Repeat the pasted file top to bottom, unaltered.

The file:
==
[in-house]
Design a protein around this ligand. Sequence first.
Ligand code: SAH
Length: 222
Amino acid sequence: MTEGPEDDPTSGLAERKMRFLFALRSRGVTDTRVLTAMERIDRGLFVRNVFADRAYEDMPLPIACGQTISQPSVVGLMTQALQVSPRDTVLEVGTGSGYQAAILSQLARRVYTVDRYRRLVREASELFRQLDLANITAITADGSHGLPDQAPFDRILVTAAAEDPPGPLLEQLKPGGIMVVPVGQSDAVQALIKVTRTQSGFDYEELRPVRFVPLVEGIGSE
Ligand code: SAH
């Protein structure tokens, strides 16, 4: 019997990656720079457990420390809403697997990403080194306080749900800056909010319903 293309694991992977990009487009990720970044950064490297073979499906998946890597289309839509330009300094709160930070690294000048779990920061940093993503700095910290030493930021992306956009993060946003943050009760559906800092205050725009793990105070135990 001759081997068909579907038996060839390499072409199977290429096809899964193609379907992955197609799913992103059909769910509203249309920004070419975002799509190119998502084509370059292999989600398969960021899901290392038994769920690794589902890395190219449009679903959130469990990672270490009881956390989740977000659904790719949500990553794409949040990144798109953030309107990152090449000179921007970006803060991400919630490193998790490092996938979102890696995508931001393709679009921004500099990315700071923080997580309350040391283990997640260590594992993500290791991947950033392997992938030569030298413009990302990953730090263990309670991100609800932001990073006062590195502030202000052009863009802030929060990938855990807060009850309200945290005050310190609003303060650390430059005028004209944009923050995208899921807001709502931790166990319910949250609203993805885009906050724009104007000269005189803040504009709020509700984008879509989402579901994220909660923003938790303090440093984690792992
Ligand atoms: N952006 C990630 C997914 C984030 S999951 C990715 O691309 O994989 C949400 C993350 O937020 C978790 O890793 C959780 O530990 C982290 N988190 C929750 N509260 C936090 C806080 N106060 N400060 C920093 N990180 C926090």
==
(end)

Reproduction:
[in-house]
Design a protein around this ligand. Sequence first.
Ligand code: SAH
Length: 222
Amino acid sequence: MTEGPEDDPTSGLAERKMRFLFALRSRGVTDTRVLTAMERIDRGLFVRNVFADRAYEDMPLPIACGQTISQPSVVGLMTQALQVSPRDTVLEVGTGSGYQAAILSQLARRVYTVDRYRRLVREASELFRQLDLANITAITADGSHGLPDQAPFDRILVTAAAEDPPGPLLEQLKPGGIMVVPVGQSDAVQALIKVTRTQSGFDYEELRPVRFVPLVEGIGSE
Ligand code: SAH
């Protein structure tokens, strides 16, 4: 019997990656720079457990420390809403697997990403080194306080749900800056909010319903 293309694991992977990009487009990720970044950064490297073979499906998946890597289309839509330009300094709160930070690294000048779990920061940093993503700095910290030493930021992306956009993060946003943050009760559906800092205050725009793990105070135990 001759081997068909579907038996060839390499072409199977290429096809899964193609379907992955197609799913992103059909769910509203249309920004070419975002799509190119998502084509370059292999989600398969960021899901290392038994769920690794589902890395190219449009679903959130469990990672270490009881956390989740977000659904790719949500990553794409949040990144798109953030309107990152090449000179921007970006803060991400919630490193998790490092996938979102890696995508931001393709679009921004500099990315700071923080997580309350040391283990997640260590594992993500290791991947950033392997992938030569030298413009990302990953730090263990309670991100609800932001990073006062590195502030202000052009863009802030929060990938855990807060009850309200945290005050310190609003303060650390430059005028004209944009923050995208899921807001709502931790166990319910949250609203993805885009906050724009104007000269005189803040504009709020509700984008879509989402579901994220909660923003938790303090440093984690792992
Ligand atoms: N952006 C990630 C997914 C984030 S999951 C990715 O691309 O994989 C949400 C993350 O937020 C978790 O890793 C959780 O530990 C982290 N988190 C929750 N509260 C936090 C806080 N106060 N400060 C920093 N990180 C926090």